PORTLAND — The framework for a plan that will determine the direction city schools will move in the next 10 years is on its way to the School Board.
Board members are scheduled to review a committee’s outline for the district’s comprehensive plan, which highlights the goals and how the district plans to work to achieve those goals.
The district’s No. 1 goal, according to the document, should be to improve graduation rates.
The framework, put together by a group of volunteers headed by former board member Peter Eglinton, includes student drop-out rates. During the 2009-2010 school year, 76 students dropped out: 47 from Portland High School, 28 from Deering High School and 1 from Casco Bay High School.
“Most of these students dropped out during their 10th- or 11th-grade year and more than a third of these students were identified as special education students,” the plan says. “More than two-thirds of these students who dropped out qualified for free or reduced lunch (a measure of social economic status) and the ethnicities of these students roughly matched the ethnicities of the student body here in Portland.”
The document notes the state counts students who take more than four years to graduate as drop outs, and that the true drop-out rates (students who leave school and do not return) are lower, but still something the district must address.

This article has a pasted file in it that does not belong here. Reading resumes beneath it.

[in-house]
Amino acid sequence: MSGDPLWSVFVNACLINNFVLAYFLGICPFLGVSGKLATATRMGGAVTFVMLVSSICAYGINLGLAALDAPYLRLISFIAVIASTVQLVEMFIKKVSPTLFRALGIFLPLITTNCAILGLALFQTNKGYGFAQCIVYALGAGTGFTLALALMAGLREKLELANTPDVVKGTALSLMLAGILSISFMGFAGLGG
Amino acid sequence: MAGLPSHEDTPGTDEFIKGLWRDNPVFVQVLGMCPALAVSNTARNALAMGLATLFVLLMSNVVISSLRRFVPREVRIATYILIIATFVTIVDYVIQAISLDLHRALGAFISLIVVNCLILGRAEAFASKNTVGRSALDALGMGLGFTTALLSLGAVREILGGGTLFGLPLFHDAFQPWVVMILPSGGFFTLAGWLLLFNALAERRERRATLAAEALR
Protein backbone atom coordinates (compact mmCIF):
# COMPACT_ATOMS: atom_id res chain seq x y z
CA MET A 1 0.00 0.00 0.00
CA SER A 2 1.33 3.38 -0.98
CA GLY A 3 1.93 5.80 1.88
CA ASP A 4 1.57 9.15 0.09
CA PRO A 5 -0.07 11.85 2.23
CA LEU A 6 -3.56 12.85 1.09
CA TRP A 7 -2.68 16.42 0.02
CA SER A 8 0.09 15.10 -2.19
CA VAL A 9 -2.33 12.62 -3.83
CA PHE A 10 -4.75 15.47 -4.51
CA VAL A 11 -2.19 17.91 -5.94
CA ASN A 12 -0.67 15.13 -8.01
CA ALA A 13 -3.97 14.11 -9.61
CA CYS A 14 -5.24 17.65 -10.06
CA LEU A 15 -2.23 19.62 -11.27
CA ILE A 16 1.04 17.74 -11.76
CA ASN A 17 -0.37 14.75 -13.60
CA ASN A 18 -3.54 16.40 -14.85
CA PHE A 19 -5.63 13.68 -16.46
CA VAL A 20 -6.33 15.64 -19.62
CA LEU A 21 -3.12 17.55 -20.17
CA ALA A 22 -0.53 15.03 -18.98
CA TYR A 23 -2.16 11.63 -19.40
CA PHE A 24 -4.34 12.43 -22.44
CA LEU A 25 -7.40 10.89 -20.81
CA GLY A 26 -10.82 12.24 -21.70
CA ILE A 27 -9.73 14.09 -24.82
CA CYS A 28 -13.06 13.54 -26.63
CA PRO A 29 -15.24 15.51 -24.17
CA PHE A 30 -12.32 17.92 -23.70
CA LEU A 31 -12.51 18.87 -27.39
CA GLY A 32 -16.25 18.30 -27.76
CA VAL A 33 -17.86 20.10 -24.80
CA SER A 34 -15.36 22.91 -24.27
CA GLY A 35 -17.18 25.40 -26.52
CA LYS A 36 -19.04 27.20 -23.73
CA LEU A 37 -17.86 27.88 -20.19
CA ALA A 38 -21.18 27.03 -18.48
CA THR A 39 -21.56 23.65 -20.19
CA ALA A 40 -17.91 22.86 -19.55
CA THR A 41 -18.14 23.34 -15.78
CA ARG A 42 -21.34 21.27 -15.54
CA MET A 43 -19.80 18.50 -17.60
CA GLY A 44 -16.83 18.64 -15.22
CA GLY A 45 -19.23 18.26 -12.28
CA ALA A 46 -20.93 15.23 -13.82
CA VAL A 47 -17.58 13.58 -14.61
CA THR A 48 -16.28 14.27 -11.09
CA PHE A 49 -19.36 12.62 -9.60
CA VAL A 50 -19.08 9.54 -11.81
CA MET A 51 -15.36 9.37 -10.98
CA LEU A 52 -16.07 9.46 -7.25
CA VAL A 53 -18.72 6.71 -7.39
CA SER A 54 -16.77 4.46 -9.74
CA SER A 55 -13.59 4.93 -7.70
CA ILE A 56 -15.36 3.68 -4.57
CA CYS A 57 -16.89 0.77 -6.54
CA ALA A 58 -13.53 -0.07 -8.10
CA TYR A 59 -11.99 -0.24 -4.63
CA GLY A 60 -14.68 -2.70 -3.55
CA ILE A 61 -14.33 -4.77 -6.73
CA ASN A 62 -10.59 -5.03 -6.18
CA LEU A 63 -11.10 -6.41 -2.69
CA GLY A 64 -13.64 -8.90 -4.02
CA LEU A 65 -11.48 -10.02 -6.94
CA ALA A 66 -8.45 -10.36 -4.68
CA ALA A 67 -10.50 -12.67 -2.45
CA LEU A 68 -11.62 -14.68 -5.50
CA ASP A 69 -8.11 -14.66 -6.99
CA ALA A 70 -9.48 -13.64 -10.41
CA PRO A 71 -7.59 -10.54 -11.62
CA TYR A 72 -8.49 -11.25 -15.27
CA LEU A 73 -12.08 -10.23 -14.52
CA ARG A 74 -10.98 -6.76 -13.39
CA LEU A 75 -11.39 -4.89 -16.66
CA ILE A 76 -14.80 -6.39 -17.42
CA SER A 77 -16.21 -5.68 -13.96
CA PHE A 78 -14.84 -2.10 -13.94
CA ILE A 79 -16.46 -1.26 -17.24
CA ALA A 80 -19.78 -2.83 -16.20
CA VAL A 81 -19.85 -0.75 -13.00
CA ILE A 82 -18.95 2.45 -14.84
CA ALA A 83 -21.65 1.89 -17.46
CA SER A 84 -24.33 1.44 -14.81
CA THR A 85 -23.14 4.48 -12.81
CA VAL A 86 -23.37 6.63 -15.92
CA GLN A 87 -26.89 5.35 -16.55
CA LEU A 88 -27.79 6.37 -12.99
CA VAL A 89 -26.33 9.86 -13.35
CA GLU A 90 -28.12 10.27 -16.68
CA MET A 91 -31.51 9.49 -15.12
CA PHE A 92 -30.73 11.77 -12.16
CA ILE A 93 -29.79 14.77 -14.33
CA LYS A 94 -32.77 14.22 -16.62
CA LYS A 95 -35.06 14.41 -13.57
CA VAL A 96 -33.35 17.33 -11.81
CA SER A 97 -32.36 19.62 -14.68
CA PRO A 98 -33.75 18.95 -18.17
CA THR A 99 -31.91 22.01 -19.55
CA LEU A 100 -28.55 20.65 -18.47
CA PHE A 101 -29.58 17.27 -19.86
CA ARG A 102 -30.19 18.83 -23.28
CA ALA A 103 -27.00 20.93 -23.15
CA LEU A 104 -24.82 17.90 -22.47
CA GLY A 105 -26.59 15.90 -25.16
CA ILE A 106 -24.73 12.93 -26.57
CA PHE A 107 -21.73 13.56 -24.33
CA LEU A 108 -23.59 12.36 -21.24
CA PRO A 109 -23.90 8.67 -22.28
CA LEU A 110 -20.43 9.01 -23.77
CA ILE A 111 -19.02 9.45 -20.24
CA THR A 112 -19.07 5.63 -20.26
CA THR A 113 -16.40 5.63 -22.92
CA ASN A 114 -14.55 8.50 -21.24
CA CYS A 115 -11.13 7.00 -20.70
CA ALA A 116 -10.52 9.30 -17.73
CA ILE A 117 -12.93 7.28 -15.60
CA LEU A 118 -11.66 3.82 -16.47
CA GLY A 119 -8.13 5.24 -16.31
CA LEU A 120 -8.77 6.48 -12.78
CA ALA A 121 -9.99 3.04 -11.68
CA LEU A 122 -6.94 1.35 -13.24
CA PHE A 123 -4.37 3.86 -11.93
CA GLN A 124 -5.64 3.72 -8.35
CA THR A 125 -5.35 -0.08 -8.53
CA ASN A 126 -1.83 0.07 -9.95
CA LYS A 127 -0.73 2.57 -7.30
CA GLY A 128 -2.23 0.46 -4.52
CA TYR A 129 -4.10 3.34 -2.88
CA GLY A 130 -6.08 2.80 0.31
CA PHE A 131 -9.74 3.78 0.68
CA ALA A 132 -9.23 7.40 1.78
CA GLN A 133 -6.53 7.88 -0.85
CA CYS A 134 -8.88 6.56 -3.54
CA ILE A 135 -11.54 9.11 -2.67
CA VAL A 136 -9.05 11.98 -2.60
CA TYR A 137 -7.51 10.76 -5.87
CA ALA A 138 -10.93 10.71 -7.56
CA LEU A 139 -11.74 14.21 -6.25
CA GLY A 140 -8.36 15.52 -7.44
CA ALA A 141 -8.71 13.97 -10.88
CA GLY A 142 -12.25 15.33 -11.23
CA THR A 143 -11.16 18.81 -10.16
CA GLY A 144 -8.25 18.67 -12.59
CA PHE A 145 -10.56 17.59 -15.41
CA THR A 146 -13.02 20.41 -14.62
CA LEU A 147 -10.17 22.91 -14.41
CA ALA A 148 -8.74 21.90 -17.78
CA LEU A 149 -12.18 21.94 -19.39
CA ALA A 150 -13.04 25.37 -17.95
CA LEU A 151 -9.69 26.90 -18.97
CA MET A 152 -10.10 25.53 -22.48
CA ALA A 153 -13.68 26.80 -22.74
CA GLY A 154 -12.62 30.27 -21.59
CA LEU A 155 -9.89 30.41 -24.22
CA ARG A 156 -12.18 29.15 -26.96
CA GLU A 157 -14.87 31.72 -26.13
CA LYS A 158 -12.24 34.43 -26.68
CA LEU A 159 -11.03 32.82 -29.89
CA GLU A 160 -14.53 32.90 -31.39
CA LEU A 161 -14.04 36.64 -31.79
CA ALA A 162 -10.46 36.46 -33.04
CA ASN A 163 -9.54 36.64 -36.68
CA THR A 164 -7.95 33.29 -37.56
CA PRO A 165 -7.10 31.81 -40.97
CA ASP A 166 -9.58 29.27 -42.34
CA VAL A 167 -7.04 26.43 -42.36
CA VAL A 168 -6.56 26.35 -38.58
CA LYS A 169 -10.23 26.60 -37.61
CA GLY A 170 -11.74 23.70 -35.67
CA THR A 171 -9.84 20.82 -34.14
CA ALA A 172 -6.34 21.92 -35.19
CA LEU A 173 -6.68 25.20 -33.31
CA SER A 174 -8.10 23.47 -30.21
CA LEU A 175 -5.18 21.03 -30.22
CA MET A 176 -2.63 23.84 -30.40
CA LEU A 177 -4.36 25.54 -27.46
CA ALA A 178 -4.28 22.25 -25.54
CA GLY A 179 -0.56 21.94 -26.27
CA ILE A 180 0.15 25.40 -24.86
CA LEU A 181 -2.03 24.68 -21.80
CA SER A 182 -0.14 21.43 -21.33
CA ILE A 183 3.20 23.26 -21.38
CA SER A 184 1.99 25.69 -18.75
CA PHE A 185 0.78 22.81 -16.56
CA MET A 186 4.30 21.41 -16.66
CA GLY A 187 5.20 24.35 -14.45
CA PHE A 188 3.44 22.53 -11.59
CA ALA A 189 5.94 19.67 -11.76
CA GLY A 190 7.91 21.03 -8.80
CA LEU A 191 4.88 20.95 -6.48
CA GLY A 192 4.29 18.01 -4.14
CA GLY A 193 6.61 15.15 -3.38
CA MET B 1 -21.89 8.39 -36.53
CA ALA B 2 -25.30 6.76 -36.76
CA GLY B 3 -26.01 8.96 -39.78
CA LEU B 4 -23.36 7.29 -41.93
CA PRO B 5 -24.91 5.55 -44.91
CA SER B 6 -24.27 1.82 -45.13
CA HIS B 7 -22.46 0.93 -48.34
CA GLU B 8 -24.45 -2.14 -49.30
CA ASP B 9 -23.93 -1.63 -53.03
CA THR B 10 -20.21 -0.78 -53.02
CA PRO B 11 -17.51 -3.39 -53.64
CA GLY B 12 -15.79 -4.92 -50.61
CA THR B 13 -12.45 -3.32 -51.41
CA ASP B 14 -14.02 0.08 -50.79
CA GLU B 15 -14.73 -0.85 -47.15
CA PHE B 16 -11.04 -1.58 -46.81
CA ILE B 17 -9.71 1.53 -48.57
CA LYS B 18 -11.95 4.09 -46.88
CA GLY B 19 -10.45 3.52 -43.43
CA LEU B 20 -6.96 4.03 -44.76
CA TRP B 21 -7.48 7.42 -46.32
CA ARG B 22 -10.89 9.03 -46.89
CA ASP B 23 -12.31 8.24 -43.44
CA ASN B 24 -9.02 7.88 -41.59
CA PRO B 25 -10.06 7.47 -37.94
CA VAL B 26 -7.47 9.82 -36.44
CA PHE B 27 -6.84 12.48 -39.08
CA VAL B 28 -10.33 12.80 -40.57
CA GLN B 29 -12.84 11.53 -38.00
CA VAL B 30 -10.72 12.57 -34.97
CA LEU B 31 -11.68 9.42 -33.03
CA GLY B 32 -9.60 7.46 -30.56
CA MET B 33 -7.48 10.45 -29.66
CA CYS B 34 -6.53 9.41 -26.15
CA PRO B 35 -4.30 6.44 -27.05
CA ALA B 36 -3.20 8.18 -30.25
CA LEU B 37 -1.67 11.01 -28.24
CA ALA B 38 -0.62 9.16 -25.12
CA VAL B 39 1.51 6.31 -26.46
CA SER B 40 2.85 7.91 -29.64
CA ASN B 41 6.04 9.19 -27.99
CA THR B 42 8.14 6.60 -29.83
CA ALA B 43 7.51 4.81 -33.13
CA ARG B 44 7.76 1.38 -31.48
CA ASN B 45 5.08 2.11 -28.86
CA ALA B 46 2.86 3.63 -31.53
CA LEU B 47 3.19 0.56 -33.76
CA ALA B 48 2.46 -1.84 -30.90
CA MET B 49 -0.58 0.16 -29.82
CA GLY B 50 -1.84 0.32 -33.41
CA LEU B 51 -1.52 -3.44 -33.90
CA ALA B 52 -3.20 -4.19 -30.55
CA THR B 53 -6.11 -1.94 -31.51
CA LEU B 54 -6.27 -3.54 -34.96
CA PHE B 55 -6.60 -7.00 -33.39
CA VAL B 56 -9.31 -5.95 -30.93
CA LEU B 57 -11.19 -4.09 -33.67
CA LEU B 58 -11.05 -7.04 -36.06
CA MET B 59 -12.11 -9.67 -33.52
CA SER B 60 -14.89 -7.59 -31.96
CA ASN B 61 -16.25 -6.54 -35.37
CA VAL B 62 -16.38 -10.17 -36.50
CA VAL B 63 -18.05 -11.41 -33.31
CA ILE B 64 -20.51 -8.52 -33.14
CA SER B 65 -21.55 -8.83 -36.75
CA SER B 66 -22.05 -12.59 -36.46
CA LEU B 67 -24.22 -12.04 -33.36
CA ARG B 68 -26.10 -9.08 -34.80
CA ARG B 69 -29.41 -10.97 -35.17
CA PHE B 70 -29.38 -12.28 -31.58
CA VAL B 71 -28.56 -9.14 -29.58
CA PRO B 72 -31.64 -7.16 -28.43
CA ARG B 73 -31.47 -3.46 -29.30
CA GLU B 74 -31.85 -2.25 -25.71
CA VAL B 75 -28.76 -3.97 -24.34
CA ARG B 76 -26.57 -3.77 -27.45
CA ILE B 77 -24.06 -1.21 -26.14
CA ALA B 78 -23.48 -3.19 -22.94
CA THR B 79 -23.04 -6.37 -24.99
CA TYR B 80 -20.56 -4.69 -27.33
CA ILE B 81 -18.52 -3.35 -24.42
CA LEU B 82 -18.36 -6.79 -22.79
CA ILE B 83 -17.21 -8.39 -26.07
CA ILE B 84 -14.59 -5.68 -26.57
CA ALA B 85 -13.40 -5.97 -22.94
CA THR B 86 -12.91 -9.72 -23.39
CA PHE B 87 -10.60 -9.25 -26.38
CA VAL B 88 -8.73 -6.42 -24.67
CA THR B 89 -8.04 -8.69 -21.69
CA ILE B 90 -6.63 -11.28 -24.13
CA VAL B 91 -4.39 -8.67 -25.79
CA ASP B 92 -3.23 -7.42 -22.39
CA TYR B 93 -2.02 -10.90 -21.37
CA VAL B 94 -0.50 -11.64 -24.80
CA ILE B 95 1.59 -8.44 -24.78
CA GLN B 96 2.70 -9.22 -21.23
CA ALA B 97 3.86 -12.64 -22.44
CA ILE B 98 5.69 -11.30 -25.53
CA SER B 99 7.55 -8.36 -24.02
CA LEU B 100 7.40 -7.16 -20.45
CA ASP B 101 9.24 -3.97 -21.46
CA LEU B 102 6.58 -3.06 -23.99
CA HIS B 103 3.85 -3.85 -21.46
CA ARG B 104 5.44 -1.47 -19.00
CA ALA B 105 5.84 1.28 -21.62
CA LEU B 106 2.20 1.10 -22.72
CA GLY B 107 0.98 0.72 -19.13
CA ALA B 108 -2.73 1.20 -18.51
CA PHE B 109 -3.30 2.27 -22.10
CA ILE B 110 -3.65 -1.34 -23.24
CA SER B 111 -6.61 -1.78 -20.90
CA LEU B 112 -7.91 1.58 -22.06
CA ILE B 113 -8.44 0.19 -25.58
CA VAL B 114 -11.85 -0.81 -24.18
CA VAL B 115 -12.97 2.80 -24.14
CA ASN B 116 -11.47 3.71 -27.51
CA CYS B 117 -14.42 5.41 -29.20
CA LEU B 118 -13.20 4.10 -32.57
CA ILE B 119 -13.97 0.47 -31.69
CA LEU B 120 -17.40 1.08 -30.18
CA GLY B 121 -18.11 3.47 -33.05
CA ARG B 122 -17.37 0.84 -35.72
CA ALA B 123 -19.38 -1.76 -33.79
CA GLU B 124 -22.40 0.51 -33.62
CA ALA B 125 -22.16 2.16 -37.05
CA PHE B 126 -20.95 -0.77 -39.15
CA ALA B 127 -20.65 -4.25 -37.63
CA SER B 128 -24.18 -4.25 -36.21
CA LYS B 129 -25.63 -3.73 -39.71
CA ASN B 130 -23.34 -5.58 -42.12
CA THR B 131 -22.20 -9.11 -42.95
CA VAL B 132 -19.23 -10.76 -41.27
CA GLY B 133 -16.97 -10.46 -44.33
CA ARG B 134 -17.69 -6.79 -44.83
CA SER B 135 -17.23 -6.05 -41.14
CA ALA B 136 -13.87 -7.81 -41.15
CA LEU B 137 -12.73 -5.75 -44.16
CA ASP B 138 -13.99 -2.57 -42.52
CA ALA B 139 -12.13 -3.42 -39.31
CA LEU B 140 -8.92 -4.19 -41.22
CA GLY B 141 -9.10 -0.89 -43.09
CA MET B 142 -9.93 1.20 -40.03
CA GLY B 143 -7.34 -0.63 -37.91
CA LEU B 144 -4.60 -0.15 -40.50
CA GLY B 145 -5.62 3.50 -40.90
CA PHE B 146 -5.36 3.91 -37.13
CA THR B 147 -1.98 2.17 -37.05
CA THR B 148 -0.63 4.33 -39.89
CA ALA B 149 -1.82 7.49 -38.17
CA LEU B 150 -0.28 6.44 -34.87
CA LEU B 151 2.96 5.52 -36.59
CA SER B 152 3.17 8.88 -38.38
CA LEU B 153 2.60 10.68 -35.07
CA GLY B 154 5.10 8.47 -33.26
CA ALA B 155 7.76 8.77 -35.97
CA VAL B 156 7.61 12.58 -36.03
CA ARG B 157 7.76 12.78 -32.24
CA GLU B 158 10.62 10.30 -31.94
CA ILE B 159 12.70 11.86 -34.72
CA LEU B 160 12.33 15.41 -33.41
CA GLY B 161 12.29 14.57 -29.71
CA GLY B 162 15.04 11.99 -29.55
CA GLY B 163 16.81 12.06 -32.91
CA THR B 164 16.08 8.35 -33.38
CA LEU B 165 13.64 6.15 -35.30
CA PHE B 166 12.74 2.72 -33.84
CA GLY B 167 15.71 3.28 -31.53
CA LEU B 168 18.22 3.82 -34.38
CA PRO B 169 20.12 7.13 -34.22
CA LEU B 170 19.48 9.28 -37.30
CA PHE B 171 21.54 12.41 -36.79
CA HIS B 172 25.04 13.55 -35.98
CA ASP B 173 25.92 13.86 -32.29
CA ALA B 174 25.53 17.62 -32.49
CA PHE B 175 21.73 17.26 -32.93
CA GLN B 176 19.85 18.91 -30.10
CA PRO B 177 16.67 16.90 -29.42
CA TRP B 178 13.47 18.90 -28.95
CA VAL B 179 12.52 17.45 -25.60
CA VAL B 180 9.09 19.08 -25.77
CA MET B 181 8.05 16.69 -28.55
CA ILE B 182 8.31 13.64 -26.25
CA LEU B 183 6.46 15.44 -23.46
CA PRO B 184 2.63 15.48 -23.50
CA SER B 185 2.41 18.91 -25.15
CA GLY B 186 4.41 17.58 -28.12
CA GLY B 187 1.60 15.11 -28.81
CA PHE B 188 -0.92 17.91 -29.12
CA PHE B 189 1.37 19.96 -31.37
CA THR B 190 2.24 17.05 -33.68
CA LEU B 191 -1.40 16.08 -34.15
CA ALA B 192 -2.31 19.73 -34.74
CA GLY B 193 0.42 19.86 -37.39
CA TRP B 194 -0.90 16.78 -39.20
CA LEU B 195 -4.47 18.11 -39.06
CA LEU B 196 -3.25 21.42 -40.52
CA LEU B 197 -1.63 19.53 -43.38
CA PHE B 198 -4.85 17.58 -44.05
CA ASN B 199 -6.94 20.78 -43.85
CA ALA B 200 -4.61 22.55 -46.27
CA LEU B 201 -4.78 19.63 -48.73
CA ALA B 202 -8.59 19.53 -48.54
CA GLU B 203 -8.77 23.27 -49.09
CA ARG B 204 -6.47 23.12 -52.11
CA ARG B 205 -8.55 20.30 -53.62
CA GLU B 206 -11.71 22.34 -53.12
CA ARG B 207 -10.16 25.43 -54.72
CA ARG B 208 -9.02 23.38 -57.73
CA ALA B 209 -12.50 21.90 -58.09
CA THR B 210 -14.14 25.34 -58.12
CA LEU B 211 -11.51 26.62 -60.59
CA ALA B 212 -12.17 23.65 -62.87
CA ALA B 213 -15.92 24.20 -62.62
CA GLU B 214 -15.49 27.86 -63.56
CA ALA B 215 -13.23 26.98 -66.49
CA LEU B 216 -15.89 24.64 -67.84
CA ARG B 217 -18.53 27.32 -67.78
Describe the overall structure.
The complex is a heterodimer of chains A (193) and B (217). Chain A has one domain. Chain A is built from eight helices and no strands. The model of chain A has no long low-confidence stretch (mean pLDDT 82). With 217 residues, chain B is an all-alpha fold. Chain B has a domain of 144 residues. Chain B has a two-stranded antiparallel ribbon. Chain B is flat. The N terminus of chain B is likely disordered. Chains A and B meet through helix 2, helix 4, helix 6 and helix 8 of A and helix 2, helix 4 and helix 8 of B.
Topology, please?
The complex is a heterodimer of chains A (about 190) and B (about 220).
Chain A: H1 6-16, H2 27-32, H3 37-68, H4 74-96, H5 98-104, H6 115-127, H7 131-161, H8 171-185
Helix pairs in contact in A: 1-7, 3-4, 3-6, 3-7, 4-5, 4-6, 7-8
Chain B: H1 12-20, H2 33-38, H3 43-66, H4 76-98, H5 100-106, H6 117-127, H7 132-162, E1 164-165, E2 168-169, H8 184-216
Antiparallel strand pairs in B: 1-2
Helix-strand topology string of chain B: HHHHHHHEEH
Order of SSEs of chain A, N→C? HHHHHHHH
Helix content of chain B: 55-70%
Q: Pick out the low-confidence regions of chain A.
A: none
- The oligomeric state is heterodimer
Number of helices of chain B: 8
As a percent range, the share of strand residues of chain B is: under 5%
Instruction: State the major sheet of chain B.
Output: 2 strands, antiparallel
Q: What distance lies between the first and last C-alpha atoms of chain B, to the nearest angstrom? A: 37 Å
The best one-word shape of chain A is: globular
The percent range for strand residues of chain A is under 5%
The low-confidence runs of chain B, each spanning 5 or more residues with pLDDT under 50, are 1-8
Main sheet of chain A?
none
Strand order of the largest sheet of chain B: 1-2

The frameworks also includes college readiness and participation in extra-curricular activities as goals for the schools.
Objectives of the plan include aligning curriculum with the Common Core State Standards, quality instruction that includes technology and performance assessments, a coordinated system for student support, a culture of accountability and use of efficient and effective business practices.
Each school will also be required to put together a work plan that outlines how it will work toward these goals, and produce a “school report card” at the end of each year to show its progress. School administrators and teachers will be involved in the coming months in putting those work plans together.
“The effort will shift to the development of detailed district- and school-level work plans, with opportunities for more direct stakeholder engagement,” Eglinton said.
A public forum is scheduled for the Nov. 1 School Board meeting. The plan will be discussed by the School Board for the first time on Nov. 9 at 7 p.m., when there will again be an opportunity for public comment.